Day 11 of Shredded Comfort
Special relativity tells us that as the speed of an objective with mass increase, it needs more and more energy to continue accelerating. As it approaches the speed of light, the energy required becomes infinite, and it reaches a point where no matter how hard it tries, it just can’t go any faster.
This is an apt metaphor for awkward social situations. The closer you get to actually performing the dreaded act, the more and more willpower needed to go on. It feels like the will needed to transition from a state of standing next to a stranger to one where you ask that stranger to borrow his shoes is infinite, and it can’t be achieved no matter what you do. Of course, this is where the metaphor falls apart. Not arbitrarily, but beautifully. Because unlike energy, willpower isn’t real. The obstacles aren’t real. Once you take that leap, you aren’t any more depleted than you were the moment before.
Jeesy creezy, I sound like a new-agey self-help book. But new agey self-help materials never make physics metaphors, right? Right?
Today’s challenge almost stymied me. And it didn’t have anything to do with shoes.
I had a lot to do today (because I gave myself ridiculously sized goals list for some reason), so it had to be someone I could stuff into my other chores, such as grocery shopping. I decided I would go up to a stranger in the produce section and pretend that I knew them, and just see how far it went.
I had no idea it would be so difficult to make myself do this. As I wandered around picking out mushrooms and zucchini and looking at all of the grumpy people choosing which type of apple to buy, the invisible pressure not to do this wrapped around my throat. What got me to just go ahead and take the plunge was the thought of writing a blog post about failure. What a lame thing to fail at! Honestly, if it wasn’t for public socially pressure I would never get anything done.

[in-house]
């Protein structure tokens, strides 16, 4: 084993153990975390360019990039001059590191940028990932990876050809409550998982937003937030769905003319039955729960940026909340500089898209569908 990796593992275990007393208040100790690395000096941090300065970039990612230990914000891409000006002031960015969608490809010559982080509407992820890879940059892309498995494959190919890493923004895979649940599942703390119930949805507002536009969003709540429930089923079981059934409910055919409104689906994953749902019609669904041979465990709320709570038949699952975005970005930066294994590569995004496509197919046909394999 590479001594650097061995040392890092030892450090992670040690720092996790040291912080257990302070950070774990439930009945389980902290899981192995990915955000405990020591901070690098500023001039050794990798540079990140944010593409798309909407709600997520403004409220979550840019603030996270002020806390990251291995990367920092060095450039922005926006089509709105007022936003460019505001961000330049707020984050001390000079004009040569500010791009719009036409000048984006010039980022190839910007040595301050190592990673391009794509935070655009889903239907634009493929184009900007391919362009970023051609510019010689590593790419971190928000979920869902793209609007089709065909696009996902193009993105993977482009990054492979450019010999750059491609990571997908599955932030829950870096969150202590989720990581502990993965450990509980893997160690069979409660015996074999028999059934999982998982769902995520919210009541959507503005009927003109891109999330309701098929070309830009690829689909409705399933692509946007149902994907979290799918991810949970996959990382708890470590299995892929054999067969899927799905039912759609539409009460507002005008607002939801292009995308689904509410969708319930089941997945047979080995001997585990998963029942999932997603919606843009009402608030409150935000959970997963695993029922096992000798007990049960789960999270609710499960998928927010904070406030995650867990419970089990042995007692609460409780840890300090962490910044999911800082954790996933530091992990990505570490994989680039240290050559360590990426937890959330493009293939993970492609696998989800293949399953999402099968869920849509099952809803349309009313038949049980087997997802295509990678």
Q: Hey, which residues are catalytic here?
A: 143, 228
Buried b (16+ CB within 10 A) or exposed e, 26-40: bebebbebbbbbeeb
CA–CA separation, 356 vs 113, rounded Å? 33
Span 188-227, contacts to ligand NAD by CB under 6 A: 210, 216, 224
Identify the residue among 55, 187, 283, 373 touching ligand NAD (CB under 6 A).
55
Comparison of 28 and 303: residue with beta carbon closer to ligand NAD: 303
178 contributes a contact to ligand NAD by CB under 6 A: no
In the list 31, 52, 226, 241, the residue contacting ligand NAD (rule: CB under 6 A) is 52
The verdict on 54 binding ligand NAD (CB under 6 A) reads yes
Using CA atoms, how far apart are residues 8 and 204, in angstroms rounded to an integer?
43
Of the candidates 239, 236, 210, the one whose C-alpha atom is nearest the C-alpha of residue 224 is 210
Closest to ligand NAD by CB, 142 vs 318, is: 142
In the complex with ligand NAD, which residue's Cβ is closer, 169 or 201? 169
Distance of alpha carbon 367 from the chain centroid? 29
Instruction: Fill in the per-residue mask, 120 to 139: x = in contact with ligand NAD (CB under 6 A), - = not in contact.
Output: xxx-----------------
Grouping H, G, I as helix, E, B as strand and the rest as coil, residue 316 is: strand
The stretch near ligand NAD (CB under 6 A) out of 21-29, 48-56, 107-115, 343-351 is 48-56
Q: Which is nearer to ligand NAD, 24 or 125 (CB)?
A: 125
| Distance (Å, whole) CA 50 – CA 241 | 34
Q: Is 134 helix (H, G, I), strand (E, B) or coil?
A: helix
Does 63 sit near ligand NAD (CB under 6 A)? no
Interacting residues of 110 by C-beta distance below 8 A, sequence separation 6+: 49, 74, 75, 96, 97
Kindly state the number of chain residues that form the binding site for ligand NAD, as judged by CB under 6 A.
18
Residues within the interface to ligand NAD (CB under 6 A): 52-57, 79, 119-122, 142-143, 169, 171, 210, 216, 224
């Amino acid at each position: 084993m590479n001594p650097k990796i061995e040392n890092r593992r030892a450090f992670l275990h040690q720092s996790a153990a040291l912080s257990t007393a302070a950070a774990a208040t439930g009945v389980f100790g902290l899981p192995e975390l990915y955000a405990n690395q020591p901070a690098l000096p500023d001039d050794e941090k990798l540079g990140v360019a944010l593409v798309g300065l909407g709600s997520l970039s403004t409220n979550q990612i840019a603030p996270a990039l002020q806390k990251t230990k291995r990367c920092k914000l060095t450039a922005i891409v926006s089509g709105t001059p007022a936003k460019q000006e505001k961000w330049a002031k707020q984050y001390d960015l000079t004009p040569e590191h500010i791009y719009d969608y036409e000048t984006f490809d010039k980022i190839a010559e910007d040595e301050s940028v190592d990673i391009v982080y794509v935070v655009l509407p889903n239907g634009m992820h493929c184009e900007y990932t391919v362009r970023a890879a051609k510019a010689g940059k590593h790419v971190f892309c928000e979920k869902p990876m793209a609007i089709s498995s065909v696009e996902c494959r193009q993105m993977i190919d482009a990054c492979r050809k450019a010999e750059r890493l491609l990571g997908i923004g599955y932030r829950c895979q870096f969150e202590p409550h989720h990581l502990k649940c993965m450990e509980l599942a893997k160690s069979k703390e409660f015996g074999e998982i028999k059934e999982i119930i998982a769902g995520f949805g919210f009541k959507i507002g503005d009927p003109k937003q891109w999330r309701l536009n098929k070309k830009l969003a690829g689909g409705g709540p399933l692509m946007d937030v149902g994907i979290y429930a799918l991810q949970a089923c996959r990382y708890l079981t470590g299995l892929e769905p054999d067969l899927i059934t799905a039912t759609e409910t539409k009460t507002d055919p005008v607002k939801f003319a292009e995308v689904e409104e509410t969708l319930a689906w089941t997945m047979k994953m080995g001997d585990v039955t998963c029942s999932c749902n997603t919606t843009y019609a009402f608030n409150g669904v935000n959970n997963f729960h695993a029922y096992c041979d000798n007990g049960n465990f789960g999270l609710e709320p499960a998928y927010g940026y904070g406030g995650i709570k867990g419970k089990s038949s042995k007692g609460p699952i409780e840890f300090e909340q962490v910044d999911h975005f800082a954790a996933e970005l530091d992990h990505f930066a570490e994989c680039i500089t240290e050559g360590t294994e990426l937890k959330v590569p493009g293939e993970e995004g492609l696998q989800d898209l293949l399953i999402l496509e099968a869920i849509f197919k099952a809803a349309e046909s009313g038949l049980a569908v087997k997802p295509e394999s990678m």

I tried first with a tall, large man standing at the deli counter who looked like he could squish my head with any two of digits, including his toes if they were prehensile. Which I’m not willing to rule out. I walked up to him and said, in a friendly and familiar voice, “hey!” At that precise moment the person behind the deli counter was ready and started to take his order. How awkward! The tall man looked back at me as I scurried away and disappeared into the crowd. Probably he heard my voice and saw the back of my head for just a moment and thought I was his long-missing cousin who was his closest childhood friend and still had his Greatest Steel Drum Hits of the 80s collection and now that’s all he’ll think about for weeks and his life will miserable.
But we’re talking about me, here.
I felt a bit weird, but I was committed, now. So I walked up to a middle-aged woman scoping out the sliced bread selection and started to talk.
“Hey!” I said jovially. “How are you doing?”
“Good,” she said.
“I didn’t know you lived around here,” I said.
She stared at me. “Do I know you?”
“Jesse!” I said, and I’ll admit I was disappointed that there are people out there who haven’t heard of me. “I cut my hair off recently.”
“Um…” she stammered. At that point I decided enough was enough, and that I’d cut the poor woman loose.
“You know what,” I said. “You just look exactly like one of my coworkers. I am so sorry.
She laughed. “It’s okay.”
“Wow. This is awkward.”
“It’s fine!” she said, still laughing. “I was wondering, have I met this guy before?”
“No, it’s cool,” I said. “My mistake.”
And we departed friends. I mean, not really friends, but we were probably on friendlier terms than nearly any two strangers in that entire supermarket. I kept hoping I’d run into her during the rest of my trip so we could exchange smiles and laughter. My goal was to make myself uncomfortable, but I really think I put her in a slightly better mood than she was before.
Also, my article from yesterday was accepted, and got a 5 star review. It’s been a pretty good day.